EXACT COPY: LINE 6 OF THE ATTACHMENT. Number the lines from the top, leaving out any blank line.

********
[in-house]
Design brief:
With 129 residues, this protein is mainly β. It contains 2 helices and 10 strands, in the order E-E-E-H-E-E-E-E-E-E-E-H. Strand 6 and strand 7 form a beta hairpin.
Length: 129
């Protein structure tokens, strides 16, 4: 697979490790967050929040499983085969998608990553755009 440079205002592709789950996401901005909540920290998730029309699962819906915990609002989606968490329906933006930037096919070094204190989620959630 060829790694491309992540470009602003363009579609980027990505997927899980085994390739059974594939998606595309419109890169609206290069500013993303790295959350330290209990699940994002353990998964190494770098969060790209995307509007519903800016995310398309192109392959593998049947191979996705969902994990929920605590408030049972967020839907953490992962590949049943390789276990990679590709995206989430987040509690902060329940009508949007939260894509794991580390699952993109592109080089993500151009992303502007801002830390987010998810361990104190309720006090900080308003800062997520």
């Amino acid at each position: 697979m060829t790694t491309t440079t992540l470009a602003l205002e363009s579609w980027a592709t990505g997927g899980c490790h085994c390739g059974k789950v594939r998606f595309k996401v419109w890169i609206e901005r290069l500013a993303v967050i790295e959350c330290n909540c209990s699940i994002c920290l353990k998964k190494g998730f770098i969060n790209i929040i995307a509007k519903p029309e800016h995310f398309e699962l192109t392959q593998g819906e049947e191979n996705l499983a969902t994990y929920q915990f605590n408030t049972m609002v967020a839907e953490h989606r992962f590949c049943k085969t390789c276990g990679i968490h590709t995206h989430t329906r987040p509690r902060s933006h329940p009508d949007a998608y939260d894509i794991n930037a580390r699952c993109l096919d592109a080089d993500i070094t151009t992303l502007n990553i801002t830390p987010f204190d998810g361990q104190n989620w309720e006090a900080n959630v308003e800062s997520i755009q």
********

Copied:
């Amino acid at each position: 697979m060829t790694t491309t440079t992540l470009a602003l205002e363009s579609w980027a592709t990505g997927g899980c490790h085994c390739g059974k789950v594939r998606f595309k996401v419109w890169i609206e901005r290069l500013a993303v967050i790295e959350c330290n909540c209990s699940i994002c920290l353990k998964k190494g998730f770098i969060n790209i929040i995307a509007k519903p029309e800016h995310f398309e699962l192109t392959q593998g819906e049947e191979n996705l499983a969902t994990y929920q915990f605590n408030t049972m609002v967020a839907e953490h989606r992962f590949c049943k085969t390789c276990g990679i968490h590709t995206h989430t329906r987040p509690r902060s933006h329940p009508d949007a998608y939260d894509i794991n930037a580390r699952c993109l096919d592109a080089d993500i070094t151009t992303l502007n990553i801002t830390p987010f204190d998810g361990q104190n989620w309720e006090a900080n959630v308003e800062s997520i755009q």